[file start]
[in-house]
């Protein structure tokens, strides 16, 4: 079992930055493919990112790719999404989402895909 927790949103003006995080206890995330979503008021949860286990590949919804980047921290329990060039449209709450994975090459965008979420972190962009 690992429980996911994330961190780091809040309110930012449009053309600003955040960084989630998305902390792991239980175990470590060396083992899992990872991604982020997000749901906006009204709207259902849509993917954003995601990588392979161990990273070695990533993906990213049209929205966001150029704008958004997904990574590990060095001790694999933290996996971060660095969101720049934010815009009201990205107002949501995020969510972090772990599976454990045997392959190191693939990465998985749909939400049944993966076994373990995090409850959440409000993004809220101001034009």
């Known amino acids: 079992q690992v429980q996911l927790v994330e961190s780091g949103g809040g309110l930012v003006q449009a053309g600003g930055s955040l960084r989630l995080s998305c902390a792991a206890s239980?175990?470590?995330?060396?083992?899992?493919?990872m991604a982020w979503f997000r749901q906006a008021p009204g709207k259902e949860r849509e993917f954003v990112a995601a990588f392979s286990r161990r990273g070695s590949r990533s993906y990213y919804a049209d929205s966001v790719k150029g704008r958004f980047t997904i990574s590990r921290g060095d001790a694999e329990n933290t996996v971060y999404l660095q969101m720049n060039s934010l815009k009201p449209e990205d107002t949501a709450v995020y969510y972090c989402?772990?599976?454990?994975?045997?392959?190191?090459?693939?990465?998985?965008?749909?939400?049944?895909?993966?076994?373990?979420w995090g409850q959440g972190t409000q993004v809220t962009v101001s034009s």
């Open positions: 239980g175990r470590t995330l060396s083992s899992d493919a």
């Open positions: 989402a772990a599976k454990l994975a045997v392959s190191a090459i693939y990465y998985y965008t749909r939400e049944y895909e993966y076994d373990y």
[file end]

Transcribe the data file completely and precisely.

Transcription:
[in-house]
């Protein structure tokens, strides 16, 4: 079992930055493919990112790719999404989402895909 927790949103003006995080206890995330979503008021949860286990590949919804980047921290329990060039449209709450994975090459965008979420972190962009 690992429980996911994330961190780091809040309110930012449009053309600003955040960084989630998305902390792991239980175990470590060396083992899992990872991604982020997000749901906006009204709207259902849509993917954003995601990588392979161990990273070695990533993906990213049209929205966001150029704008958004997904990574590990060095001790694999933290996996971060660095969101720049934010815009009201990205107002949501995020969510972090772990599976454990045997392959190191693939990465998985749909939400049944993966076994373990995090409850959440409000993004809220101001034009």
């Known amino acids: 079992q690992v429980q996911l927790v994330e961190s780091g949103g809040g309110l930012v003006q449009a053309g600003g930055s955040l960084r989630l995080s998305c902390a792991a206890s239980?175990?470590?995330?060396?083992?899992?493919?990872m991604a982020w979503f997000r749901q906006a008021p009204g709207k259902e949860r849509e993917f954003v990112a995601a990588f392979s286990r161990r990273g070695s590949r990533s993906y990213y919804a049209d929205s966001v790719k150029g704008r958004f980047t997904i990574s590990r921290g060095d001790a694999e329990n933290t996996v971060y999404l660095q969101m720049n060039s934010l815009k009201p449209e990205d107002t949501a709450v995020y969510y972090c989402?772990?599976?454990?994975?045997?392959?190191?090459?693939?990465?998985?965008?749909?939400?049944?895909?993966?076994?373990?979420w995090g409850q959440g972190t409000q993004v809220t962009v101001s034009s």
């Open positions: 239980g175990r470590t995330l060396s083992s899992d493919a």
């Open positions: 989402a772990a599976k454990l994975a045997v392959s190191a090459i693939y990465y998985y965008t749909r939400e049944y895909e993966y076994d373990y």